Is Social Anxiety Neurodivergent? Exploring the Intersection

Blog Is Social Anxiety Neurodivergent Exploring the Intersection
Dr. Roseann Capanna-Hodge

Dr. Roseann Capanna-Hodge

In recent years, there has been growing recognition and discussion surrounding neurodiversity, the concept that neurological differences should be recognized and respected as natural variations in the human population. 

It has led to questions about whether mental health conditions, particularly social anxiety, fall under the umbrella of neurodiversity. The rise in social anxiety amongst children is something I have witnessed during these three decades that I have helped children and families as a mental health expert. 

With such a rise in anxiety disorders, it is logical that some consider it as part of the neurodivergence spectrum.

What is Neurodivergence?

Neurodivergence refers to the natural variation in how individuals think, behave, and process information due to differences in their neurological makeup. It includes conditions such as autism, attention deficit hyperactivity disorder (ADHD), AuDHD, dyslexia, and others. Neurodivergent individuals often experience the world differently from what is considered typical, or neurotypical.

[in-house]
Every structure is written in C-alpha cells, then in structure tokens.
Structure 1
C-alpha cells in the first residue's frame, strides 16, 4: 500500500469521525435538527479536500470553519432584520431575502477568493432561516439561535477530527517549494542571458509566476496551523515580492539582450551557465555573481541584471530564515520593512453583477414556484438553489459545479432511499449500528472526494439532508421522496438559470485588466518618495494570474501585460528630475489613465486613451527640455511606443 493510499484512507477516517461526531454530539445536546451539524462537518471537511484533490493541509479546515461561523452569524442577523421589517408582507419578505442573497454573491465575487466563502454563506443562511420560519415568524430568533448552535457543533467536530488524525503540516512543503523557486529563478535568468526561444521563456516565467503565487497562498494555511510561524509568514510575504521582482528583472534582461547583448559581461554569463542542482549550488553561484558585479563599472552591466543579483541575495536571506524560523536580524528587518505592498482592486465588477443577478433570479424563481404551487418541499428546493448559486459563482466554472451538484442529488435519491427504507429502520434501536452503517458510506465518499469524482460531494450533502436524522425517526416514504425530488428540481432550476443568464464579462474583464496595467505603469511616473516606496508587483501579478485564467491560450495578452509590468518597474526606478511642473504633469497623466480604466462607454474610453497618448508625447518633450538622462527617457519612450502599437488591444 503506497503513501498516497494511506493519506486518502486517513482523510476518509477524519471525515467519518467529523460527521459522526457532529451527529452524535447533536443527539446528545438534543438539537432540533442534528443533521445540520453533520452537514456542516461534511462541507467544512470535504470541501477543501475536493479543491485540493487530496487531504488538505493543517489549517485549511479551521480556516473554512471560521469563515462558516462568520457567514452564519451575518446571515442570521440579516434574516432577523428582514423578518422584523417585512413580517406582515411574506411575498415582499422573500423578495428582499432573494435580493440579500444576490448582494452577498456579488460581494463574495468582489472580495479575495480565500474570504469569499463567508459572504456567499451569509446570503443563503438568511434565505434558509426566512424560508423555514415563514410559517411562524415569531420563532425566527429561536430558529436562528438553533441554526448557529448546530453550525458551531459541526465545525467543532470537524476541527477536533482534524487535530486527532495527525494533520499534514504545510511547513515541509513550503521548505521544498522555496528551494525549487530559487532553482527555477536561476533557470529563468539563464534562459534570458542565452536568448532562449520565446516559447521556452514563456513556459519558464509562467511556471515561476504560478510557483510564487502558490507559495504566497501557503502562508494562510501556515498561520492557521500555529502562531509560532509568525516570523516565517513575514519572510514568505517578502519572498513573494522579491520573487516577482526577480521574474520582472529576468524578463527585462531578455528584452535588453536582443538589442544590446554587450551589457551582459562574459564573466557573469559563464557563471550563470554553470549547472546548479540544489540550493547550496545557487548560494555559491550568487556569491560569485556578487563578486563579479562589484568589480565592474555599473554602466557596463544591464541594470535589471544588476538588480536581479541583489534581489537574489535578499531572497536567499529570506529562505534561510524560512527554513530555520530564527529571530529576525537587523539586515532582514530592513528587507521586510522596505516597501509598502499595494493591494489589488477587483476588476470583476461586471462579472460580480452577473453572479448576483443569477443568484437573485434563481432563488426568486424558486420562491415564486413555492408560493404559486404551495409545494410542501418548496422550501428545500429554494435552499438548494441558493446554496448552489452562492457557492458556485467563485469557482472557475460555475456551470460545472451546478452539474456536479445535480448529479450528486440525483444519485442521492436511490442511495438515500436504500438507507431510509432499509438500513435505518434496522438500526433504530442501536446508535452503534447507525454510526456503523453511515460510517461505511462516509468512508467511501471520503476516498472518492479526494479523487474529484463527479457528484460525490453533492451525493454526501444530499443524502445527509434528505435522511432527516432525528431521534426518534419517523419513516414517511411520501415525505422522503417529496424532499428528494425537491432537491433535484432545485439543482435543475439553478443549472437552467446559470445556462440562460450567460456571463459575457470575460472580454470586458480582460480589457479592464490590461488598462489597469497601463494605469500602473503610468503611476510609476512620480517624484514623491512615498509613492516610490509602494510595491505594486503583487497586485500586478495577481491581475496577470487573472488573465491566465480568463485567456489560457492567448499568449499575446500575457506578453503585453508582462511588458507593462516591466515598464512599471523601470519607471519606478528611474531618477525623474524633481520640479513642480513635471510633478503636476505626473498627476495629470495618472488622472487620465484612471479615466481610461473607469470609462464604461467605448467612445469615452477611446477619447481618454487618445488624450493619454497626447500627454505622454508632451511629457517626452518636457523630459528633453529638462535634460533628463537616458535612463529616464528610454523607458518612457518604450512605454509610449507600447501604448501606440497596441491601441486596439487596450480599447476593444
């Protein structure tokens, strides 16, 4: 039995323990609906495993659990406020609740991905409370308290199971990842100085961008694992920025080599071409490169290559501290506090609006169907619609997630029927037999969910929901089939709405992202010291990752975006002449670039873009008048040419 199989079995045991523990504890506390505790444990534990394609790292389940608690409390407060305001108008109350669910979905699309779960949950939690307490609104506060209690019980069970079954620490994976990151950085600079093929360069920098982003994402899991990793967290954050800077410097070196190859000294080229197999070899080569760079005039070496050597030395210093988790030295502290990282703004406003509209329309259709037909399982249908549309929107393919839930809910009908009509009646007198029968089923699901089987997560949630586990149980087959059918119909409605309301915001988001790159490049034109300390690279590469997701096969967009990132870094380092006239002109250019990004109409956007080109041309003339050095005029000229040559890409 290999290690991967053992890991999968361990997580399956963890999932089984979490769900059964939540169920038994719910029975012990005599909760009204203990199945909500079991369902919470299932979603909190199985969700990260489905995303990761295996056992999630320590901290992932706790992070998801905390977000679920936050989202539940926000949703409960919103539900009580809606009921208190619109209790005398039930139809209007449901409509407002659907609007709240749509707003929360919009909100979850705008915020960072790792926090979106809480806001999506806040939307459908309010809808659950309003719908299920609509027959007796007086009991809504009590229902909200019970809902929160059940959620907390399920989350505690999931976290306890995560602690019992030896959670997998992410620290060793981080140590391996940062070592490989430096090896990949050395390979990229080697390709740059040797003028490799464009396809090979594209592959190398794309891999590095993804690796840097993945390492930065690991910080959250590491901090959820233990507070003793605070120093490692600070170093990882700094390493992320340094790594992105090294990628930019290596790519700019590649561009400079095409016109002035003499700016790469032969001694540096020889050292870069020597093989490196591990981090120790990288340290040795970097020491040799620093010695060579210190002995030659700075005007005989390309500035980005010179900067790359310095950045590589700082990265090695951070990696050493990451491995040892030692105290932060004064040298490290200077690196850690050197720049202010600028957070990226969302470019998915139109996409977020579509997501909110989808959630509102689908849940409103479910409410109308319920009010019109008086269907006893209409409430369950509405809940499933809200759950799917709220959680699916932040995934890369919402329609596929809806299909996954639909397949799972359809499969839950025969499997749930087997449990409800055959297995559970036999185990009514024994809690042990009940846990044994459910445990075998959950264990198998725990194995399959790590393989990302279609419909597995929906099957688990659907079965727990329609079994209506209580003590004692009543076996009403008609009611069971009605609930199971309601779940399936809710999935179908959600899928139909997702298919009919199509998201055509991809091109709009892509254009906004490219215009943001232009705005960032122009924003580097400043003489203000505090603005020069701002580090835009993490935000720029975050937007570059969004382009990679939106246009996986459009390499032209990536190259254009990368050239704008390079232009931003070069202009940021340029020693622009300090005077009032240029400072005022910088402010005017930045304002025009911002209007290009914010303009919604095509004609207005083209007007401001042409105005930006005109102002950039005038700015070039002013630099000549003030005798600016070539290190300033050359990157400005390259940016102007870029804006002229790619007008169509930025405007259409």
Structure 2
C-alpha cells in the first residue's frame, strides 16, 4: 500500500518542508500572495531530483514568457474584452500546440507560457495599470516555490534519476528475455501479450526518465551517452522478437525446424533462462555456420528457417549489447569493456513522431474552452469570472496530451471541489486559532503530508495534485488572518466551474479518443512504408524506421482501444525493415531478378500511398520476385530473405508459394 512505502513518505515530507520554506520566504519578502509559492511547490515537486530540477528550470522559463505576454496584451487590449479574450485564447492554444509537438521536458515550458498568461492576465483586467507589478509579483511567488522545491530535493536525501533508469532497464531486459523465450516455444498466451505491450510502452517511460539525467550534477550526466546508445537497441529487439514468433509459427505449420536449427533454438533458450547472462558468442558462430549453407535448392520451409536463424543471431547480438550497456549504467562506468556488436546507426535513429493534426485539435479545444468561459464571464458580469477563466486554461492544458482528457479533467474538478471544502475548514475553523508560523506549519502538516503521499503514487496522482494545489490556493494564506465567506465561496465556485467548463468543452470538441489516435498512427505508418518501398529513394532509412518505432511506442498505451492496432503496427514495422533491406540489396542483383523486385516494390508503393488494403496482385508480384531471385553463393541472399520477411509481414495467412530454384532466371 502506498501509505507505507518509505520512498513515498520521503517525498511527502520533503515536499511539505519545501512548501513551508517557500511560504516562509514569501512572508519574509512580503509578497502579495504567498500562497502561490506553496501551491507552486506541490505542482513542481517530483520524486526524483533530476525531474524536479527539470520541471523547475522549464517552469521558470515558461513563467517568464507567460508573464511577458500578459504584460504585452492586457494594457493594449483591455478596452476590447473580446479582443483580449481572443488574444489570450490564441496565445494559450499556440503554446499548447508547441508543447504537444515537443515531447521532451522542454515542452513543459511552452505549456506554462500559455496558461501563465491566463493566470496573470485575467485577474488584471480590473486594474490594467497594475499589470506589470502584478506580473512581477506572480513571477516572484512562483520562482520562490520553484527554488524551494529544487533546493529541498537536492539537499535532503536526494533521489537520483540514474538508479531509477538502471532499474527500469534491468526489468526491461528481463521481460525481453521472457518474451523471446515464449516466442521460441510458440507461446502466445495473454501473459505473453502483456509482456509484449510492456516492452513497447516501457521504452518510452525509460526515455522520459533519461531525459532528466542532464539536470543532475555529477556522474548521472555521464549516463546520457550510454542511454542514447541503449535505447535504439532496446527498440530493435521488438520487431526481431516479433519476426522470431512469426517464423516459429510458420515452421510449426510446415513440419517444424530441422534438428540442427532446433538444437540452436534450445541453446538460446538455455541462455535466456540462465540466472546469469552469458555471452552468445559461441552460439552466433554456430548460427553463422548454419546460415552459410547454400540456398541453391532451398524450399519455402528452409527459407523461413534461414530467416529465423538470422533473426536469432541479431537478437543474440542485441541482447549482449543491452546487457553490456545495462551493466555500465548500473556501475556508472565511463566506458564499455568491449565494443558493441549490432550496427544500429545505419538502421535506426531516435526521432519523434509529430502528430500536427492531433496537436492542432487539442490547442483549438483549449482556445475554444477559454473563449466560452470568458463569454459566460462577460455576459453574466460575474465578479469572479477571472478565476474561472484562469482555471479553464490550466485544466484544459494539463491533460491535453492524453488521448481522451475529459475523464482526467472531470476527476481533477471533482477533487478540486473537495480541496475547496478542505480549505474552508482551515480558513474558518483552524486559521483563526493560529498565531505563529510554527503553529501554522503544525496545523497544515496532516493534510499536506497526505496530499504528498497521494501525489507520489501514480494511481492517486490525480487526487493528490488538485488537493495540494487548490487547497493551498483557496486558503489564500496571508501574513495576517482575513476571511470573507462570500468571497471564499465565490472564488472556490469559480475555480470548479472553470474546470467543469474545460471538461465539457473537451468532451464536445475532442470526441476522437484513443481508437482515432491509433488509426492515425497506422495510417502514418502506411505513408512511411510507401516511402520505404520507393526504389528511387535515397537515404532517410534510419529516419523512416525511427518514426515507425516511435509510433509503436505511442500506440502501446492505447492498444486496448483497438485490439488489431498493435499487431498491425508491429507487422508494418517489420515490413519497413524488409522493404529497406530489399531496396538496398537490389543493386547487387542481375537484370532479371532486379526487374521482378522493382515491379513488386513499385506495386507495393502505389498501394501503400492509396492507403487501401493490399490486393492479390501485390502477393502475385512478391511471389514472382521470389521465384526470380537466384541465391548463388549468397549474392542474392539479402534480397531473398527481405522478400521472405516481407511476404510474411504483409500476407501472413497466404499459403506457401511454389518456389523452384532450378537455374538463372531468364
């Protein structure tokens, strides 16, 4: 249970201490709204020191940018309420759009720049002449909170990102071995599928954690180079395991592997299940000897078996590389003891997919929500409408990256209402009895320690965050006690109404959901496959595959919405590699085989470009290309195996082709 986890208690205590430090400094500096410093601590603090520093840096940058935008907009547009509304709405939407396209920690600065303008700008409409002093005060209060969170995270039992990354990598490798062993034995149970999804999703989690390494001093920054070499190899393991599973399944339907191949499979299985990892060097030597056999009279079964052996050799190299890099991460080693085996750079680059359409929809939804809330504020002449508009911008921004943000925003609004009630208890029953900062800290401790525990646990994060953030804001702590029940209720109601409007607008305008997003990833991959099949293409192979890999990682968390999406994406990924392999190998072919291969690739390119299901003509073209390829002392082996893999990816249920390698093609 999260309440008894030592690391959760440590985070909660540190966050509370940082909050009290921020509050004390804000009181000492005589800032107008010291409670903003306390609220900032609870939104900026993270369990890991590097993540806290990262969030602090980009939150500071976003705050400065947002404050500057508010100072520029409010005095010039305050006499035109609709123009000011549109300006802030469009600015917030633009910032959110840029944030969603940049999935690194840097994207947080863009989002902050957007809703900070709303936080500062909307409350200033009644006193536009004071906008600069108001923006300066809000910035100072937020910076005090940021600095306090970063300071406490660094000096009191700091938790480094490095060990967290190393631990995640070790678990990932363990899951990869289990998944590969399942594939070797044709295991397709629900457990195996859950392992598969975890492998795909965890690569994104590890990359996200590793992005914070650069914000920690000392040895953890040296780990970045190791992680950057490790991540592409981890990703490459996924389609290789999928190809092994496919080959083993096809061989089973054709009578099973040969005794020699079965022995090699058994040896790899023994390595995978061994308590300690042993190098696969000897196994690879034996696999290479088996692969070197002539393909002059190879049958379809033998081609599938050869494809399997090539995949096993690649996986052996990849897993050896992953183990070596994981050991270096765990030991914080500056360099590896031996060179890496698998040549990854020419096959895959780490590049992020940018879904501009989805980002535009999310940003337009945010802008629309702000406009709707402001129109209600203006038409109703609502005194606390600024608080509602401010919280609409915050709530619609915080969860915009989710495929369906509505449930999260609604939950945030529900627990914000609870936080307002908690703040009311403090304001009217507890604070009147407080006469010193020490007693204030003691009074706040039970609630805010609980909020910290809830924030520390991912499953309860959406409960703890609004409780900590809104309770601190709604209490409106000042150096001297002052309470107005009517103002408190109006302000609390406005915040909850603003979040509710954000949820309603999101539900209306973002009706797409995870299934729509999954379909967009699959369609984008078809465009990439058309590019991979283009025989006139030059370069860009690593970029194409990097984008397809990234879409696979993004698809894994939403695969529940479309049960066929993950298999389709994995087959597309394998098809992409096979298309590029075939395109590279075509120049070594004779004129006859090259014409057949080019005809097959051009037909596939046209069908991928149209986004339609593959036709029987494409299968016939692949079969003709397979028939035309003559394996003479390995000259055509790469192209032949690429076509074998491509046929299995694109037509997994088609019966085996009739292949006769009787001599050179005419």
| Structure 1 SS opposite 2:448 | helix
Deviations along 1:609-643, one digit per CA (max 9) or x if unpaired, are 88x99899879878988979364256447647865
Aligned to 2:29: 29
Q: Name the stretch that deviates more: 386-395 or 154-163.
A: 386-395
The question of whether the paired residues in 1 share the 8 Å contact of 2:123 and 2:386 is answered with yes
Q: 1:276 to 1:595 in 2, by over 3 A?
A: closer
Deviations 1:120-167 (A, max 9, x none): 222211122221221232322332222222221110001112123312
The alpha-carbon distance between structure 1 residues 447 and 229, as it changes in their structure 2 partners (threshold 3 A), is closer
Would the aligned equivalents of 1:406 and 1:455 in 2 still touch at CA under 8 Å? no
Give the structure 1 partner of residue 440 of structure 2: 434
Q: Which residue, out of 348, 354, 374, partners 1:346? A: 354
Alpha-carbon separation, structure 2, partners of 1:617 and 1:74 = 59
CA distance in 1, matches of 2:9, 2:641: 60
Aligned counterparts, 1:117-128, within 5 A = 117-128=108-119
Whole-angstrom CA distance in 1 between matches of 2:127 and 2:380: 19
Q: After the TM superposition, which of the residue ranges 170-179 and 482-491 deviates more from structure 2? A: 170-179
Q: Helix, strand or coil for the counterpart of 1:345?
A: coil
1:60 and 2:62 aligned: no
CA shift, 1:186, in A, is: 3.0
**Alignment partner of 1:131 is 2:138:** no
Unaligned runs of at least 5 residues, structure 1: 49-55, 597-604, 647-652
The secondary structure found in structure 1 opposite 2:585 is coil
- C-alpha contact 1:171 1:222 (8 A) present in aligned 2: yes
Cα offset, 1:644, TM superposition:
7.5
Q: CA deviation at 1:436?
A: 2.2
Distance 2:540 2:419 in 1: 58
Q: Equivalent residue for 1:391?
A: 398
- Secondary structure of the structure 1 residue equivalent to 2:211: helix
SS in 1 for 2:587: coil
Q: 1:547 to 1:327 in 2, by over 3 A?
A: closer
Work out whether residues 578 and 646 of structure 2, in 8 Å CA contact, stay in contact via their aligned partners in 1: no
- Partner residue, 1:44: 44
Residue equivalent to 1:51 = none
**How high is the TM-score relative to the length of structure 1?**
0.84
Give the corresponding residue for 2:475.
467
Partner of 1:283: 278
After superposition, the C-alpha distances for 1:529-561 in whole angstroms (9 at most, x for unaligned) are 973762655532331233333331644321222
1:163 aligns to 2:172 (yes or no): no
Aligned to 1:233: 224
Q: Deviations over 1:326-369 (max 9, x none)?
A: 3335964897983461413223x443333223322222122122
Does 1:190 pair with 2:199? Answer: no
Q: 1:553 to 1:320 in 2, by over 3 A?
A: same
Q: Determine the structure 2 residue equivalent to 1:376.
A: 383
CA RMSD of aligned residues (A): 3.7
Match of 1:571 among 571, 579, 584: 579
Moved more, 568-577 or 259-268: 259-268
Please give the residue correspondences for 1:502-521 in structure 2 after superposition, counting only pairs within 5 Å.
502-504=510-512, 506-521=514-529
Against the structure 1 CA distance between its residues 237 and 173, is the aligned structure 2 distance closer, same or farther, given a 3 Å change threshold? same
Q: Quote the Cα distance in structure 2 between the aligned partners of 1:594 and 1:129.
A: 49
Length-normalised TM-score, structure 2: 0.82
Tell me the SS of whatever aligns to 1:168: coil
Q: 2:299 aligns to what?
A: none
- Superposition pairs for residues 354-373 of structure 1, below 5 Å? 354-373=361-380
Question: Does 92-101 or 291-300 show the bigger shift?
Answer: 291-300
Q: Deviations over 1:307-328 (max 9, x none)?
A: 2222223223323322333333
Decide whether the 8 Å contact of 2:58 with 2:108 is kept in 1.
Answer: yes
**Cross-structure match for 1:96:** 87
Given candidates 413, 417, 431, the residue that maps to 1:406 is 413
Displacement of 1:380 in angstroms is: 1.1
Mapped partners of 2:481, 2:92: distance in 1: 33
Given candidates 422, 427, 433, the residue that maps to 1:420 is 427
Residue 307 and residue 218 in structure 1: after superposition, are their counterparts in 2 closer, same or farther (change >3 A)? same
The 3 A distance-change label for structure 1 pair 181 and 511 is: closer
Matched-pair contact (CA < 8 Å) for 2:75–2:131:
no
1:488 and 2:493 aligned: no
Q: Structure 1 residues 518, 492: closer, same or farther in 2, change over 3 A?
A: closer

Is Social Anxiety Neurodivergent?

Social anxiety disorders are characterized by excessive worry, fear, and nervousness that can significantly impact daily life. But does having anxiety mean one is neurodivergent? The classification of social anxiety as neurodivergent is a matter of ongoing debate within the field of psychology and neurology. 

While some argue social anxiety disorders should be considered neurodivergent due to the differences in brain functioning and neurotransmitter activity associated with these conditions, others maintain that neurodivergence should be reserved for conditions with more pronounced neurological differences, such as autism or ADHD.

Understanding Social Anxiety

Understanding Social Anxiety

Social anxiety disorder is characterized by an intense fear of social situations and interactions, often accompanied by feelings of self-consciousness and inadequacy. Individuals with social anxiety may experience differences in brain functioning and neurotransmitter activity compared to those without these conditions. 

These neurological variations could be considered a form of neurodivergence, albeit one that is less commonly recognized compared to conditions like autism or ADHD. However, social anxiety and AuDHD may co-exist, making any person with these conditions neurodivergent.